By relying on the HOTS of Bloom’s Taxonomy, teachers help students go beyond simple repetition to using target language and vocabulary in complex tasks which promote the use of critical thinking. The addition of reflection activities also provides many meta-cognitive experiences for learners. Find out more about Bloom’s Taxonomy in these Scoop it pages:

His life
A description of the taxonomy
learning outcomes and assessments

Teacher trainees in the Universidad Michoacana were given the task to design learning outcomes for the different levels of Bloom’s Taxonomy. A great example of their work can be found on Yesy’s Blog, http://yesyhd.wordpress.com/ and and on Malena’s blog . Please have a look to see what we are doing.

Another blogging educator from Melbourne, Australia just published an interesting post on her blog. I invite you to read Edna’s post at http://whatedsaid.wordpress.com/2012/05/23/learning-isnt-linear/. Please read and share what you feel about the development of critical thinking skills today in Mexico. We welcome your comments.

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Flipping Bloom’s Taxonomy

As one of my mentors, Shelley Wright has a lot to say and has done even more. Besides writing several books and organizing and promoting Connected Educators Month (August, 2013) and maintaining a Powerful Learning Practices site, she constantly is formulating ideas that make me think.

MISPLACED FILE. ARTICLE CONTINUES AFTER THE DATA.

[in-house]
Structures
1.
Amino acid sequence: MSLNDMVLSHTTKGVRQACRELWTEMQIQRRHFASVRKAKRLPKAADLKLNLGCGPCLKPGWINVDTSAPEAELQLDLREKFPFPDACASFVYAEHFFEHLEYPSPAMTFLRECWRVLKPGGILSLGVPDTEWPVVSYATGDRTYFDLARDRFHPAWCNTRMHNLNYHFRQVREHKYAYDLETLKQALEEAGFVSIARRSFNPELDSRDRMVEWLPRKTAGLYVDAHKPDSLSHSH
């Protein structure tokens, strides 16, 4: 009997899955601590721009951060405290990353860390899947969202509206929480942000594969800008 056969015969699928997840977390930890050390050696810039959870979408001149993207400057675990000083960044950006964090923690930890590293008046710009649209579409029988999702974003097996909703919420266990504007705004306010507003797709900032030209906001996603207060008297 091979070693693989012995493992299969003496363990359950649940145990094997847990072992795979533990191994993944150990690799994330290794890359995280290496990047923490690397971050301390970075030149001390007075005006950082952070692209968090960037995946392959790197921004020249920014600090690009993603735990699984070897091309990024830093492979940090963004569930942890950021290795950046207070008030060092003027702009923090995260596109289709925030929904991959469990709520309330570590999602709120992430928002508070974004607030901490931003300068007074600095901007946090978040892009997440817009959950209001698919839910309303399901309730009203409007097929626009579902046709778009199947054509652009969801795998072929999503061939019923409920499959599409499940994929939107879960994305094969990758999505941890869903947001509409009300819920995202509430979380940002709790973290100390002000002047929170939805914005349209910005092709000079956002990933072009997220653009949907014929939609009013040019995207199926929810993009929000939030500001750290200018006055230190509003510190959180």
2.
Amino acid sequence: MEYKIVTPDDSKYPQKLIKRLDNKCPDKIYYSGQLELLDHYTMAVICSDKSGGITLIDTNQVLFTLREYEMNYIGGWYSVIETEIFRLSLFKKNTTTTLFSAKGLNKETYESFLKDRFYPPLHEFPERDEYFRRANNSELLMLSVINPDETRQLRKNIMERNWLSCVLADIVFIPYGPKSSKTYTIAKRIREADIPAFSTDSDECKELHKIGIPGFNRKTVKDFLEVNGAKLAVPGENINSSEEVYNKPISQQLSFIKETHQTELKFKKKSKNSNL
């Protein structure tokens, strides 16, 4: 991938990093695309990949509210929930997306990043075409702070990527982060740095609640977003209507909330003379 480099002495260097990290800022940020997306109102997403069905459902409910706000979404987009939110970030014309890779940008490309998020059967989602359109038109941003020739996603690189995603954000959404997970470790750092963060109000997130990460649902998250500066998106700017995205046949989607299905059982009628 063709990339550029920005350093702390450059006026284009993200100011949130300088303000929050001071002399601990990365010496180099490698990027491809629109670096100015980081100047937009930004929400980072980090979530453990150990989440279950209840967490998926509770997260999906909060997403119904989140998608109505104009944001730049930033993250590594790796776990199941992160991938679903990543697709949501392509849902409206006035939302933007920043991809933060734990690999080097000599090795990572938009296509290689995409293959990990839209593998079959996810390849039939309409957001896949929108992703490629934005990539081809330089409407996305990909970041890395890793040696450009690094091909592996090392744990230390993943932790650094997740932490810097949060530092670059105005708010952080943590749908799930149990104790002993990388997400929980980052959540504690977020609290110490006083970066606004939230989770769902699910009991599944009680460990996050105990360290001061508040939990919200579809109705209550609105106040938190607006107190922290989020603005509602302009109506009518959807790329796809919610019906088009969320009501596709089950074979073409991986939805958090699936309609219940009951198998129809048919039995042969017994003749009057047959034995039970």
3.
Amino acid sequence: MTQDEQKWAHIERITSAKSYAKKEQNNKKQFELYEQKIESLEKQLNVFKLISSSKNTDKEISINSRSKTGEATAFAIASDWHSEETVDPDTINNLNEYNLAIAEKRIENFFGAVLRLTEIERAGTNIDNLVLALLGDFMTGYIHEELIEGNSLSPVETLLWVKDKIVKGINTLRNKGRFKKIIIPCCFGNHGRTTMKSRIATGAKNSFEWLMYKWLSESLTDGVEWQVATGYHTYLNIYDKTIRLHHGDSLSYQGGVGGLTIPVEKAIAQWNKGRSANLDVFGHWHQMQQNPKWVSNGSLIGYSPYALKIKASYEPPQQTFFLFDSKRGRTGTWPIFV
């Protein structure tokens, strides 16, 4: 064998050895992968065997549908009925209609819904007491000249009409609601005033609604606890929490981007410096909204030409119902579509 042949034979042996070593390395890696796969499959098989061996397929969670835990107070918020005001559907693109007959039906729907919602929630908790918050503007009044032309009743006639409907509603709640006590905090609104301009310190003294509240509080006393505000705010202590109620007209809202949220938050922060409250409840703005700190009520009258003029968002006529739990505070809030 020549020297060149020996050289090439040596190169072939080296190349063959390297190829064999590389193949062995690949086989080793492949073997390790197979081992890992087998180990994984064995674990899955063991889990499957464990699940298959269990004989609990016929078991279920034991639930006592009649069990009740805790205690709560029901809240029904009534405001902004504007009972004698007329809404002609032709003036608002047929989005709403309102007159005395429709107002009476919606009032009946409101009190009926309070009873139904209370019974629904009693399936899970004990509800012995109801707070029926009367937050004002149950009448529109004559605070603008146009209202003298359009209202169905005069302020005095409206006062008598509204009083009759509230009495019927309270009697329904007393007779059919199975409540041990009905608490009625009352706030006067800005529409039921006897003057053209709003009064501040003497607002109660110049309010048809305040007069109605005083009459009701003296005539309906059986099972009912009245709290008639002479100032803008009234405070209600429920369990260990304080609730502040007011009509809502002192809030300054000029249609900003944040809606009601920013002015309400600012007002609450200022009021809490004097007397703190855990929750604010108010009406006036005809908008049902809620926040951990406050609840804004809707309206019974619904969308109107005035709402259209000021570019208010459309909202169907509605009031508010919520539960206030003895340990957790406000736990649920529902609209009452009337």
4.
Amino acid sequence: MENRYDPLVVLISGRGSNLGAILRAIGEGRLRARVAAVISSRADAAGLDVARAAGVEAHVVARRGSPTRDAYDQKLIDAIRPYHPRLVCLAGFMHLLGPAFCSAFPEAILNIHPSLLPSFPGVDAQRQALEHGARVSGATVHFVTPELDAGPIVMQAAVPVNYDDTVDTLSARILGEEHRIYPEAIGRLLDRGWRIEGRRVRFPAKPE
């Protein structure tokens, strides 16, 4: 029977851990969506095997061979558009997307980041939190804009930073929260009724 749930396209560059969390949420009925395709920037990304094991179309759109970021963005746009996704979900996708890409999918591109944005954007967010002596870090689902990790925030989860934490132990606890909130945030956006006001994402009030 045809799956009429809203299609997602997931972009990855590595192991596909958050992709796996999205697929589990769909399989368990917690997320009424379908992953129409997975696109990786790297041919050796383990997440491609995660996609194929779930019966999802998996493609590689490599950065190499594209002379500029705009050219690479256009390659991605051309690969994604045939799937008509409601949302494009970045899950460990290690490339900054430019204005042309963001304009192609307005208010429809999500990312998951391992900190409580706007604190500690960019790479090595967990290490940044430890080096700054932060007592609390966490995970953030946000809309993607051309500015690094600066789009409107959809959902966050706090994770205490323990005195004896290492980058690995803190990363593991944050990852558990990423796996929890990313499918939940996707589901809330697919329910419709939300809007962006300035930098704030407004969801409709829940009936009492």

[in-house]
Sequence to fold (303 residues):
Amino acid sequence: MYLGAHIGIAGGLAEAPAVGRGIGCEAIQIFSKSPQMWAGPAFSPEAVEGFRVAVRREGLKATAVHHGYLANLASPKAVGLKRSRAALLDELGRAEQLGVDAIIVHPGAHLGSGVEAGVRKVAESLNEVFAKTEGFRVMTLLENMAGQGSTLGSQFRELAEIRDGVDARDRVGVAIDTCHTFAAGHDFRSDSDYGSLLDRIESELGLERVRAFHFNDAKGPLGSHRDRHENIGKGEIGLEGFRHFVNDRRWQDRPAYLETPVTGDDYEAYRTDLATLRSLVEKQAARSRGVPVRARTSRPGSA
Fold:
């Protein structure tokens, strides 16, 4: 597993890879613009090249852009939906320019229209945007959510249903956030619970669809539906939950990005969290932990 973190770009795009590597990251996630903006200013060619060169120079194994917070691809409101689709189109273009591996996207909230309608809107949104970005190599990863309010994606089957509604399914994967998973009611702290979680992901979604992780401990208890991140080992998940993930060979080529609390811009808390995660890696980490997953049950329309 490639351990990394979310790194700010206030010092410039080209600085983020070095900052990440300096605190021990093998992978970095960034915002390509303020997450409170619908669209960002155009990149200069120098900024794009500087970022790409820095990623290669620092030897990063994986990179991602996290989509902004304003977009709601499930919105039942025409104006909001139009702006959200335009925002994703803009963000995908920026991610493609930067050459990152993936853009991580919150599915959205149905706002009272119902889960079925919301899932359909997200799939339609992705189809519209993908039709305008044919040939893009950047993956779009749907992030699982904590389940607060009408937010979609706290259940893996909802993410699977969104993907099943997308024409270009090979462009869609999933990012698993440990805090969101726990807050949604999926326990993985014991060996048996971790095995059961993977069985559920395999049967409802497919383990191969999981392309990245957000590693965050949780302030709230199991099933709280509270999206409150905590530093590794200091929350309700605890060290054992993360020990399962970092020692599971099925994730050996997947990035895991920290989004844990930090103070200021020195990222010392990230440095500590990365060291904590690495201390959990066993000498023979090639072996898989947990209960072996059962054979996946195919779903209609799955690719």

Since our foray into Bloom’s Taxonomy and your responses on your own blogs, I have felt that we had left Bloom with a lot more to investigate. During 2012, Shelley wrote a blog post that I would like to share with you here, so you can savor the flavor of new ways of thinking, of teaching and of learning.

Please note that Shelley’s post fomented 98 comments. Have a good read with less teacher, more student, Flipping Bloom’s Taxonomy.

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Is lesson planning a part of Mexican culture? A question asked by disgruntled teachers doing lesson-planning every Sunday evening

Hofstede’s Five Intercultural Dimensions

Do you consider the activity of planning lessons to be especially difficult?  Put your idea

about lesson planning on this poll.

The idea of planning ahead might not be native to Mexican culture on the whole. Most people nowadays do not create the equivalent of IRAs for retirement; nor do most go on vacation creating an itinerary, nor do newlyweds start to put away savings for their future children’s college education. How many people actually make travel arrangements or hotel reservations months ahead of time? Have you ever considered that planning for the future might not be a large part of Mexican culture? Therefore, as teachers, planning lessons may be a difficult skill to acquire, but a necessary task to perform. Have you ever considered that lesson planning may be a cultural teaching skill imported from different educational cultures?